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Israel launched its operation on December 27 after a ceasefire with Hamas ended a week earlier, stating its objective was to target the Palestinian faction's infrastructure and bring an end to the firing of homemade rockets into southern Israel.

'Fairytale world'

Fewer states than expected supported the resolution, which passed by 33 votes to one, with 13 abstentions. The US, not a member of the council, took no part in the debate.

Israel dismissed it as one-sided and reflecting the "fairytale world" of the 47-member council.

The text of the document said the council "strongly condemns the ongoing Israeli military operations ... which have resulted in massive violations of human rights of the Palestinian people and systematic destruction of the Palestinian infrastructure".

The resolution was opposed by Canada while European countries, Japan and South Korea abstained.

The resolution was backed by, among others, Russia, China, Argentina and Brazil.

During a debate on the resolution, Pakistan, speaking for the Organisation of the Islamic Conference (OIC), denounced what it called Israel's "unrestrained use of force, killing of innocent civilians" and violation of UN havens.

At least 40 people died last Tuesday when the UN-run school they were sheltering in was hit by Israeli fire.   

'Massive violations'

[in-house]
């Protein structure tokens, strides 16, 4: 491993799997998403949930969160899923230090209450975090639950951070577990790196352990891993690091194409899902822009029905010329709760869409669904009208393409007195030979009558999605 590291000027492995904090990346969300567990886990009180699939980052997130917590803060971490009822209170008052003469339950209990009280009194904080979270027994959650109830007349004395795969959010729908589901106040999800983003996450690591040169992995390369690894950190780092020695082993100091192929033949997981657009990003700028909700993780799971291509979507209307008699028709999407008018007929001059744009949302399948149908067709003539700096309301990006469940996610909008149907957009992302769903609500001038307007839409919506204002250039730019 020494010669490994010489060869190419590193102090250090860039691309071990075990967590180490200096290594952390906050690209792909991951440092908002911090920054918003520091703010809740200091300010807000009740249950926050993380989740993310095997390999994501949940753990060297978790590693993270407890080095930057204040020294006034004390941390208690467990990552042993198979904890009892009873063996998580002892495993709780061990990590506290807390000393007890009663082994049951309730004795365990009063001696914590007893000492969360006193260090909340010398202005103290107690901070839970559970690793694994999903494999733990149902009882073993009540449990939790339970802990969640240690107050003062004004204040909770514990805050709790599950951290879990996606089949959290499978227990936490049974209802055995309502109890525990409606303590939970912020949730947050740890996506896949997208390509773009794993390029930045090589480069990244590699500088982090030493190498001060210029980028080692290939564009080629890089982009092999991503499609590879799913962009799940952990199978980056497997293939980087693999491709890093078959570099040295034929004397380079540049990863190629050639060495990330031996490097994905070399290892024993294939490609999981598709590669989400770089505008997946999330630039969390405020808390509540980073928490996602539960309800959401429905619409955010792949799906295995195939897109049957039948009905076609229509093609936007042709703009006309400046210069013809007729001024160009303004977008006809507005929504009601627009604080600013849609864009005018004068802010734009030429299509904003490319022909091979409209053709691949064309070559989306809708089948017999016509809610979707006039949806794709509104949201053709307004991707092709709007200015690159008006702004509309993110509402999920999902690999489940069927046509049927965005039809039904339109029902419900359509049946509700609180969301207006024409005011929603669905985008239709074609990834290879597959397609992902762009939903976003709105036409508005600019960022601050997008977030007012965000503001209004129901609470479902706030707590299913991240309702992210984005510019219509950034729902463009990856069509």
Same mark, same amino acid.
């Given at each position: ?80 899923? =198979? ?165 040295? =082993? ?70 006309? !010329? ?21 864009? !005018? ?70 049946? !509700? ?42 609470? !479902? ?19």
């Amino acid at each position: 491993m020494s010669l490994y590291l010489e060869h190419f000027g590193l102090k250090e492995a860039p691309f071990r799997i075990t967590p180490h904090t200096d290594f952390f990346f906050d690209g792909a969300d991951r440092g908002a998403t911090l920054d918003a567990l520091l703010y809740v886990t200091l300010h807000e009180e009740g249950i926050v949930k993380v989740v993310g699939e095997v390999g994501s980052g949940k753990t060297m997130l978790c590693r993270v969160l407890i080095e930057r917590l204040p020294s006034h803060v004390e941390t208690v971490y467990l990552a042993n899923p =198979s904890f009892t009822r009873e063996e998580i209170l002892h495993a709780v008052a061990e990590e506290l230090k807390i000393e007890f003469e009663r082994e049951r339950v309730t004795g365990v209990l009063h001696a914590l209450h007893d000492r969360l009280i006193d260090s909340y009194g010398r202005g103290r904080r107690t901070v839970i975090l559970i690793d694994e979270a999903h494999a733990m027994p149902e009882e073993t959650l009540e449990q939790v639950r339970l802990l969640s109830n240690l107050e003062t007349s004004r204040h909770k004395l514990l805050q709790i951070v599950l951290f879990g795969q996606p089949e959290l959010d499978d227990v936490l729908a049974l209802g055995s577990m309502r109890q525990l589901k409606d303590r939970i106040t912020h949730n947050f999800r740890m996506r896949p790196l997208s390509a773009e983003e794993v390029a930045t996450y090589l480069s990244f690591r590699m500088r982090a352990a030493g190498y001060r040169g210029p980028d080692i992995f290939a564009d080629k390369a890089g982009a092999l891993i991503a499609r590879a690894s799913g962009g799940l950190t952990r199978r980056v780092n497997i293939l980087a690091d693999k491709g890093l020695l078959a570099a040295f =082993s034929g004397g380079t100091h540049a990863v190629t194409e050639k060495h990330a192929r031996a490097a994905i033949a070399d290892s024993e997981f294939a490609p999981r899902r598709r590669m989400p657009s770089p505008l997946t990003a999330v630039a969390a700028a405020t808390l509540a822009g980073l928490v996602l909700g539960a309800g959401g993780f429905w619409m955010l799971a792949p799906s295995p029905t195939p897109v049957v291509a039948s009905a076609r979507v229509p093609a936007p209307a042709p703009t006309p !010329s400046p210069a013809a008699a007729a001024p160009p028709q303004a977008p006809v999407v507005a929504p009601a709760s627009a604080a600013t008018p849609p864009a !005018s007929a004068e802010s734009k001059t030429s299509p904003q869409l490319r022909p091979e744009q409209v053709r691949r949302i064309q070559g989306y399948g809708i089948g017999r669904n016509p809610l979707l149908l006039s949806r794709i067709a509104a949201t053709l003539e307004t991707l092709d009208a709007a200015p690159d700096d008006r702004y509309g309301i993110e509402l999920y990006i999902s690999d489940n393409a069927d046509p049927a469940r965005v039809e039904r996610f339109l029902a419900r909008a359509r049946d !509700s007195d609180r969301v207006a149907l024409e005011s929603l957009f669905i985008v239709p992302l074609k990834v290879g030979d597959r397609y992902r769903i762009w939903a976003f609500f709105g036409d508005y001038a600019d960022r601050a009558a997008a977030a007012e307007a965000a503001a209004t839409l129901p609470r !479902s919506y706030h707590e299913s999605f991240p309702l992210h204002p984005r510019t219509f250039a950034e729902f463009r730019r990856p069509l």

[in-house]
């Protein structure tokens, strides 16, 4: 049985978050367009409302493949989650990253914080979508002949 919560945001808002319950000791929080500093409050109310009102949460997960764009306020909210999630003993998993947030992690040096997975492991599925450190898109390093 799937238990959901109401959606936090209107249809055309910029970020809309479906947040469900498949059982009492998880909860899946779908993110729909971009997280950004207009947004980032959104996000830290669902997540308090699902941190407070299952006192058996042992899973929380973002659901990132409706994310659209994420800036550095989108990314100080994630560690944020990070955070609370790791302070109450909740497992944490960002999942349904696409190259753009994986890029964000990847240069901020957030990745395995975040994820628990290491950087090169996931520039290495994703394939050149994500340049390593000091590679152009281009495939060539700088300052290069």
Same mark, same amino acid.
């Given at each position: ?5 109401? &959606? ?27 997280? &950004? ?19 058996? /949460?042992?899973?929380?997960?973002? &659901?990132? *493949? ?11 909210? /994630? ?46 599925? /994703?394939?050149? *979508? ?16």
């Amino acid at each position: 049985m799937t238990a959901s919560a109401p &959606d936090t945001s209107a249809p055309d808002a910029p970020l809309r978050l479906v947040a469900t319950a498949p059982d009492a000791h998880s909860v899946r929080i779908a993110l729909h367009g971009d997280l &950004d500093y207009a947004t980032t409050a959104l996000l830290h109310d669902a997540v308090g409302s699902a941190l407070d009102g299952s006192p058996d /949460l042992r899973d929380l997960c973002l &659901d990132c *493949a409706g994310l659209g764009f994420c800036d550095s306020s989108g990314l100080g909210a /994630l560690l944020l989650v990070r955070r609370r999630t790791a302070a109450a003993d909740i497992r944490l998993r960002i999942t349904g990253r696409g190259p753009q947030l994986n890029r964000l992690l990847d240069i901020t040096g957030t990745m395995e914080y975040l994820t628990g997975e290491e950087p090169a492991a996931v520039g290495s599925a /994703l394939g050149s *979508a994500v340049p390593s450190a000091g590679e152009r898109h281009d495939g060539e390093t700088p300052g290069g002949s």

All European Union countries abstained and Canada voted against the resolution.

Rupert Colville, a spokesman for the UN High Commissioner for Human Rights, told Al Jazeera: "In the end they [the UN] passed the resolution, it was not unanimous. I would not say it was that heated, at the end of the day there were still differences of opinion.

Israel dismissed the non-binding resolution as one-sided [AFP]

"Many states praised the Palestinian delegation for the flexibility they had shown in the negotiations, but they could not quite reach a consensus."

Speaking in the Gaza Strip, John Ging, head of the United Nations Relief and Works Agency (UNRWA) operations in Gaza, repeated his call for an immediate end to the fighting.

"I say now, to all politicians, here in Israel and internationally, you have an obligation to the ordinary people in the name of humanity and all that is civilised, we need to stop this now. Those who help will never be forgotten.

"Israel is responsible for its own actions and it is very clear to us that there are a lot of actions in this conflict that will need to be fully investigated independently and internationally.

"Those who have been killed and injured, those who are innocent, deserve accountability."

Peter Splinter, Amnesty International's representative at the United Nations in Geneva, backed the call for an investigation, saying "there must be a full accountability for war crimes".

"Evidence of war crimes is presenting itself each day," he told Al Jazeera.

Boutros Boutros-Ghali, a former UN secretary-general, added his perspective on the situation, saying the assault on Gaza "is a present the Israelis gave to the fundamentalists".

"It will reinforce extremists, fundamentalists, all over Arab countries and even inside Israel," he said.

Boutros-Ghali headed the UN from 1992 to 1997.